The reason many people don’t realize the power and potential of modern CCM software is because, though it has always played an important role in customer relations, it has had a relatively narrow scope in the past. CCM started out focused on structured batch communications like statements, explanations of benefits and form-letter-like correspondence. For the most part, other tools in other departments took care of customer communications that were more personalized, timely or unique, such as marketing communications or real-time issue resolution. CCM was largely print-based and disconnected from marketing, commerce, and even customer service. The documents produced by CCM software came out after the fact, so to speak – it was a look back at what had happened already, not a snapshot of right now or a call to action for the future.
In recent years, though, we’ve begun to see a consolidation around customer communications – there’s a general acknowledgement that all customer communications need to be consistent across customer journeys, and that journeys span across organizational silos. Consequently, there’s a movement afoot to condense and simplify the number and types of communications, ensure they’re serving the greater customer experience, and better integrate the communications that remain.
Since CCM does personalization, business logic and automation better than any other type of digital experience (DX) delivery tool, it makes sense for CCM to take on a more central role in companies’ CX architecture. We are already set up to do the heavy lifting of customer data and asset integration, template design, version control and review processes, and more – all capabilities you need to empower business users and keep all your communications consistent, relevant, easy and efficient for each and every customer at each and every touchpoint with your brand. In other words, you may not be taking full advantage of your CCM tool’s strengths, or you may need a more powerful CCM tool that can do these things for you.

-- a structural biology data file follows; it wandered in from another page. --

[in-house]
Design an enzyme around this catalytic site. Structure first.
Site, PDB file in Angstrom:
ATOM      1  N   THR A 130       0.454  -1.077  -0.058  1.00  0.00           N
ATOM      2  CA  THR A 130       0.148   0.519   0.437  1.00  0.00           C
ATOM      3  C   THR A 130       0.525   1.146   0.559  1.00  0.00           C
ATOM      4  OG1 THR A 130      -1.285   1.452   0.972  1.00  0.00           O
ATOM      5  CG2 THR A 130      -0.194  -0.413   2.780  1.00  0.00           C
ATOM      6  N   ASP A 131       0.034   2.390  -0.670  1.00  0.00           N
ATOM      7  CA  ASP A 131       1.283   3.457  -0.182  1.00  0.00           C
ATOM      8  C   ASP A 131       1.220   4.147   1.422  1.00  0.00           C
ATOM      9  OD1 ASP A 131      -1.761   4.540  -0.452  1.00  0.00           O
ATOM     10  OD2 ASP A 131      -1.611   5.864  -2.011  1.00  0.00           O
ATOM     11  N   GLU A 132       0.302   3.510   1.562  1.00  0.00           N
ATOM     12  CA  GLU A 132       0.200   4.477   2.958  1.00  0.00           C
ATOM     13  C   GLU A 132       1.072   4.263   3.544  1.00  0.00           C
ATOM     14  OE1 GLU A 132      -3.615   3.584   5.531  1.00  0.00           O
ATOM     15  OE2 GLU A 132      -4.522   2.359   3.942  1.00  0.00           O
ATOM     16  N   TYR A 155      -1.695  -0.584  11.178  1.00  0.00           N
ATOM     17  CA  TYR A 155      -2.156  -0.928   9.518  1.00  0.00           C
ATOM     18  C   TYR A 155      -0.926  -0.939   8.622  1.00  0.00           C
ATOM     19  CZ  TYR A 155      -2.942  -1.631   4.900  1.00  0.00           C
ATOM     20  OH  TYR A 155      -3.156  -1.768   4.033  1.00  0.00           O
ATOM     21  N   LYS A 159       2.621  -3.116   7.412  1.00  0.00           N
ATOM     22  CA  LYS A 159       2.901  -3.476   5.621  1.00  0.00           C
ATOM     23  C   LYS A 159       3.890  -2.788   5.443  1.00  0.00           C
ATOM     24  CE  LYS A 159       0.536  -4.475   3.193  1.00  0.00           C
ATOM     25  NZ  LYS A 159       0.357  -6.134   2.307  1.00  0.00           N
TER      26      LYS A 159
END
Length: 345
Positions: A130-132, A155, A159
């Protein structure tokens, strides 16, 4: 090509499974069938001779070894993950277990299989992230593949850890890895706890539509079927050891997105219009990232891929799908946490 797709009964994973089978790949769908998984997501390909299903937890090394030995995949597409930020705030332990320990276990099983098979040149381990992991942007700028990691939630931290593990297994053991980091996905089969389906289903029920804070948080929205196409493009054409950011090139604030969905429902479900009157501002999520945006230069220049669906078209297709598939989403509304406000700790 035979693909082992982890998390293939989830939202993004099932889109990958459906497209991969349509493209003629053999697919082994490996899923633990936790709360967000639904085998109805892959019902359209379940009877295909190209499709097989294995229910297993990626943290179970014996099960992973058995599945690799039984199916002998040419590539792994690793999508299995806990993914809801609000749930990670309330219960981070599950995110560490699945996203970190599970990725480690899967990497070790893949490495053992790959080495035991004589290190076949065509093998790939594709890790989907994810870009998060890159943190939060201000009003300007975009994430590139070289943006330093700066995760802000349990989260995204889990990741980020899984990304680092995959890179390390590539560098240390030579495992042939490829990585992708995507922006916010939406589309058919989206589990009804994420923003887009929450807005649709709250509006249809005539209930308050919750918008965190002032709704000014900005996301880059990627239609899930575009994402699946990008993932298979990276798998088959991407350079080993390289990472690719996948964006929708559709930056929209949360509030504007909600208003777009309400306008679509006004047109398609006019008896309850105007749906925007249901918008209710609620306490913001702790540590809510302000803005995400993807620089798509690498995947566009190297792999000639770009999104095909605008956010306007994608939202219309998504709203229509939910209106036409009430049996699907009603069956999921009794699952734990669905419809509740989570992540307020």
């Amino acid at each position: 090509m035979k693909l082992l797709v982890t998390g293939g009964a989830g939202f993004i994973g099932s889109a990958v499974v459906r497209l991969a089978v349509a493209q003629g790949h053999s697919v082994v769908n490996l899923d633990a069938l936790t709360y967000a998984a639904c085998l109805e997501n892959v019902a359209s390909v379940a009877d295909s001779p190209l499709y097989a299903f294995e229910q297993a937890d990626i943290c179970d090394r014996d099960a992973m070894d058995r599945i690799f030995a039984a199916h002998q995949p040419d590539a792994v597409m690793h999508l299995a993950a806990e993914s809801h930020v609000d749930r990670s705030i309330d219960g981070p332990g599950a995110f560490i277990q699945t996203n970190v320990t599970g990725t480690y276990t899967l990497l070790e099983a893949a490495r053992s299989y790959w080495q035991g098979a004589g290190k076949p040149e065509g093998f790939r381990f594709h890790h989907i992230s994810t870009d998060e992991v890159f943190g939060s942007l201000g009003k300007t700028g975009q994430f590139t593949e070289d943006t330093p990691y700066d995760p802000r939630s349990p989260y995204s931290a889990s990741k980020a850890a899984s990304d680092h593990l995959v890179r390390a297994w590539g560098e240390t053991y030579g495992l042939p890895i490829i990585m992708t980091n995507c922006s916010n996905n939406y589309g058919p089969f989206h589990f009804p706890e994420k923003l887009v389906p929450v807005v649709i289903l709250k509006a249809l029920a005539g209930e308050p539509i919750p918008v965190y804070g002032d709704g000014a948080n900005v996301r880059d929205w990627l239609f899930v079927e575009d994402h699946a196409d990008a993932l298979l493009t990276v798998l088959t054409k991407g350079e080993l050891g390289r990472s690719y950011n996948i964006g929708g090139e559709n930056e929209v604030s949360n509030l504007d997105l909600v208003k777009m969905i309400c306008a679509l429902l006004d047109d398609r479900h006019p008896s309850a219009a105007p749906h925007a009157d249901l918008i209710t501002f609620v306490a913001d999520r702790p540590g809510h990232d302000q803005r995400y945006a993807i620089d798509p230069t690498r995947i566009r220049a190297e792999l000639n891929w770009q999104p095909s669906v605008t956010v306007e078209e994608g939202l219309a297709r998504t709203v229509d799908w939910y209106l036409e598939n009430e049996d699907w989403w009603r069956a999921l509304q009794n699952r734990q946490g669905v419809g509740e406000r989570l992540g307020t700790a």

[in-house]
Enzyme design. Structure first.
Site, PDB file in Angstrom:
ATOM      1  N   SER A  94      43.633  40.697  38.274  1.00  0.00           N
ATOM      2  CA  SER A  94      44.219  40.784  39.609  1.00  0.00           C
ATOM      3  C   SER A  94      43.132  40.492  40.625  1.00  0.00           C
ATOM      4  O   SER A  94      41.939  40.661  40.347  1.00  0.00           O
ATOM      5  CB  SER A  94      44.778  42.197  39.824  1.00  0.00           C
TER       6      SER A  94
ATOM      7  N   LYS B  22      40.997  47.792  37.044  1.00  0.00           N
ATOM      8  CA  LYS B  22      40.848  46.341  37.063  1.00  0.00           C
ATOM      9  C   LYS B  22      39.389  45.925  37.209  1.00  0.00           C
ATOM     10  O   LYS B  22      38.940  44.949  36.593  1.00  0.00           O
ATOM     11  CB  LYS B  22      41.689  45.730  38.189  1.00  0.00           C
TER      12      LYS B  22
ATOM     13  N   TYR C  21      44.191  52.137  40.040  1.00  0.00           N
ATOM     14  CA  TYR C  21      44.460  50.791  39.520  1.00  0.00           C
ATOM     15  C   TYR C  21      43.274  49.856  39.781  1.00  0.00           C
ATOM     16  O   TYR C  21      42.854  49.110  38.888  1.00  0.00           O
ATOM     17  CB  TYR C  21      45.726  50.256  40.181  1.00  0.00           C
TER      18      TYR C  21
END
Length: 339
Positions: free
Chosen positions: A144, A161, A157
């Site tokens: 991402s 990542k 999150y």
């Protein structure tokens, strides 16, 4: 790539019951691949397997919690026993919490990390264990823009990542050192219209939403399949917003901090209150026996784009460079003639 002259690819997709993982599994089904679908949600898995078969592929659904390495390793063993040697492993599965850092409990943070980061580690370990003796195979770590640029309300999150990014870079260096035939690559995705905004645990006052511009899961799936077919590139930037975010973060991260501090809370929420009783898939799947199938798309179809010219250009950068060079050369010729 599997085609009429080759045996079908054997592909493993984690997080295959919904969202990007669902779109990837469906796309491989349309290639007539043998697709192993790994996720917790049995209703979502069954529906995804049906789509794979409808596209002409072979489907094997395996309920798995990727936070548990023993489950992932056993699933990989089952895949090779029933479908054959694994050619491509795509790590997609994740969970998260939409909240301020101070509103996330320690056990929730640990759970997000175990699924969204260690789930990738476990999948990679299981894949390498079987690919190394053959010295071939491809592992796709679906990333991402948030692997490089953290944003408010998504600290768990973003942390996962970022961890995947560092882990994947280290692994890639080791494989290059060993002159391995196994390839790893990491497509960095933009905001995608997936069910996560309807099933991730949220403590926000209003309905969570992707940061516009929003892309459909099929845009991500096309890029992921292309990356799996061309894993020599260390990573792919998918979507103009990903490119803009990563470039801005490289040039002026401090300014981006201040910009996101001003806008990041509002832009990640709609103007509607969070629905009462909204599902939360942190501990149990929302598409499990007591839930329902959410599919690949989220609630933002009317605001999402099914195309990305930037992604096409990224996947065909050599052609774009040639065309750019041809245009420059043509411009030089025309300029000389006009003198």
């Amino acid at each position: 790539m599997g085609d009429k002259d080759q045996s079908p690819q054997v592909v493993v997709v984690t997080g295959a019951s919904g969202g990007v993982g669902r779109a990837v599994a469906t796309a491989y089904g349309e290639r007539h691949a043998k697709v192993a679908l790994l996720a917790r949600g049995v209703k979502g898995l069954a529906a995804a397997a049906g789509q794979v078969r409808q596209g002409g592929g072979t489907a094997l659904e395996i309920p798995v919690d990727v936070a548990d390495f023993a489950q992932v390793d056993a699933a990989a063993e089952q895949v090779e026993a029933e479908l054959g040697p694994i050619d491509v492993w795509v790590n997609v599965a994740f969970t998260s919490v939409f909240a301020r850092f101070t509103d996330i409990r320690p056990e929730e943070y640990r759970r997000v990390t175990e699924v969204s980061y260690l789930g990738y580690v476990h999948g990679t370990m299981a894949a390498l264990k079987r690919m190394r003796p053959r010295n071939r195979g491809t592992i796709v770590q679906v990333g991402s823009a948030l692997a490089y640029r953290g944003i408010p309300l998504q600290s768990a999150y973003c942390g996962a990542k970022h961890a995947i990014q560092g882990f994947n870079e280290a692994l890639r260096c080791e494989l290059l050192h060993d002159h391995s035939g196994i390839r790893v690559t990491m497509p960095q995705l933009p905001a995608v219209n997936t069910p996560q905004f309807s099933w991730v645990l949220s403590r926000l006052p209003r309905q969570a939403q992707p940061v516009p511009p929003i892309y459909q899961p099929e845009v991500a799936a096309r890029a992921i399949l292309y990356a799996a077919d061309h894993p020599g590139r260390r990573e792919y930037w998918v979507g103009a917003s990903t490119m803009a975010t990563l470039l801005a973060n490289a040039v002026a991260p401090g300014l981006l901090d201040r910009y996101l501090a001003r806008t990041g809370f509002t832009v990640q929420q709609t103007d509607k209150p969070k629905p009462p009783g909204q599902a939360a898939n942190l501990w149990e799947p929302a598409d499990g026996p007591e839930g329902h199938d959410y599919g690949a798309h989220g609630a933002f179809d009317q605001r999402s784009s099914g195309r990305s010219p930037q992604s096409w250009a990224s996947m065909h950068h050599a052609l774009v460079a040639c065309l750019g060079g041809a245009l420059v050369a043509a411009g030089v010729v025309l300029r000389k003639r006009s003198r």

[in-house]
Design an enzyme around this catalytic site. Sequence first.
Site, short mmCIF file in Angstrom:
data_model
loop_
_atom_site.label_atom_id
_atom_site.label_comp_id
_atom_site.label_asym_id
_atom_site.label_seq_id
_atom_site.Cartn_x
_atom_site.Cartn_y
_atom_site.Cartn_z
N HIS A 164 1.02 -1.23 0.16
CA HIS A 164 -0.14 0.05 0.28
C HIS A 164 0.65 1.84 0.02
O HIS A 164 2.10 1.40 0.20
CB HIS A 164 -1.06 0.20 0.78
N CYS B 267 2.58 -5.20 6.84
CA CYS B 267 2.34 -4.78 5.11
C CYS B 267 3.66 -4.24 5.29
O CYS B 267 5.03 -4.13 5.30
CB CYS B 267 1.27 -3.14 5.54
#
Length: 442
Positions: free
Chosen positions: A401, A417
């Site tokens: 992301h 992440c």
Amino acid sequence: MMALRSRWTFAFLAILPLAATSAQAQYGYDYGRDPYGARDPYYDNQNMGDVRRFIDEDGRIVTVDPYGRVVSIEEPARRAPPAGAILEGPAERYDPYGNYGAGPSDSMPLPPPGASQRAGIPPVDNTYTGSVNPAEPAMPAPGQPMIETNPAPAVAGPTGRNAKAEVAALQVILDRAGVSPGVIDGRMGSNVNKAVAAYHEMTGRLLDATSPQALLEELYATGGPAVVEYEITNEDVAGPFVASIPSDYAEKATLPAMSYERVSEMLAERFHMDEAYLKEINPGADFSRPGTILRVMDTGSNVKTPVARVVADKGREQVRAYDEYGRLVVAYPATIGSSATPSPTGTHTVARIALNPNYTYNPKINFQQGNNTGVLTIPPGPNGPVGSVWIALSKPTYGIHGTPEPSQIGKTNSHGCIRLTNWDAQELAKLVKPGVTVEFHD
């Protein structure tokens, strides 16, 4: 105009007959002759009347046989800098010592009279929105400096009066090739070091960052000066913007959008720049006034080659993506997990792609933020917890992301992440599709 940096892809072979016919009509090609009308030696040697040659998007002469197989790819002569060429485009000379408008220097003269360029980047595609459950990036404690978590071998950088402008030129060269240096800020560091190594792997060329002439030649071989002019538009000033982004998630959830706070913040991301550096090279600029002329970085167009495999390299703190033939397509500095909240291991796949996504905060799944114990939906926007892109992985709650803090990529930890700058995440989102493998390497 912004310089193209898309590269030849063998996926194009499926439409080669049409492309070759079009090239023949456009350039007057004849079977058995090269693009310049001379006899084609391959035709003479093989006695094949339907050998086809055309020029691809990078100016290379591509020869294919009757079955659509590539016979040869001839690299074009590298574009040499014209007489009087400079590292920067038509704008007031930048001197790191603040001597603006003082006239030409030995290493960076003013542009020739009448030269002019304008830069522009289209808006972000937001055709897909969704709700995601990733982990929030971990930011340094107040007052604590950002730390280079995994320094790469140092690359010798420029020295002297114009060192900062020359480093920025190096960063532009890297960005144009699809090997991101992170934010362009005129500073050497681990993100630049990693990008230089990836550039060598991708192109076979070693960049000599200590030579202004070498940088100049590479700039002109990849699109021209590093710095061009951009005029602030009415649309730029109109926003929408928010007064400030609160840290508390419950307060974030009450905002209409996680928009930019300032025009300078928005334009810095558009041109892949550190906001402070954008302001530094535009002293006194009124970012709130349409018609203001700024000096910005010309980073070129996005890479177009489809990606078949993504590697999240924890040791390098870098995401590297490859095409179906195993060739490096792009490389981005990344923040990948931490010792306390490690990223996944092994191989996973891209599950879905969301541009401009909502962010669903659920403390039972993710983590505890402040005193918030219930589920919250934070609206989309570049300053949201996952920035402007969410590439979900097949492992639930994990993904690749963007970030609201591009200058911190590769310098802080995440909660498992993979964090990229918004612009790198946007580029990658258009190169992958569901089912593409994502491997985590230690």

CCM’s Expanding Scope
At Topdown, we have been branching out in response to changing end-customer expectations and behaviors and our own customers’ need for innovation. We know, like you do, that customers’ experiences around communications have been enhanced far beyond simply opening and reading a letter or statement. Now customers using all kinds of devices expect to be able to interact with content by: receiving content immediately upon demand; e-signing and digitally returning documents; customizing the way they view or organize the data in statements or transaction histories; being served marketing messages that are relevant to their purchase history, interests and customer data; and so on.
Even with our traditional bastions of interactive CCM like claims, member management, customer service, etc., the number and types of communications have increased tremendously over the years. It has pushed us and our clients to get creative. For example, we have customers using our products today to create things like ID cards, enrollment kits, and other non-correspondence communications. We are making our new software as flexible and adaptable as possible so that our customers can solve any new communications problems that come their way as the marketplace continues to evolve.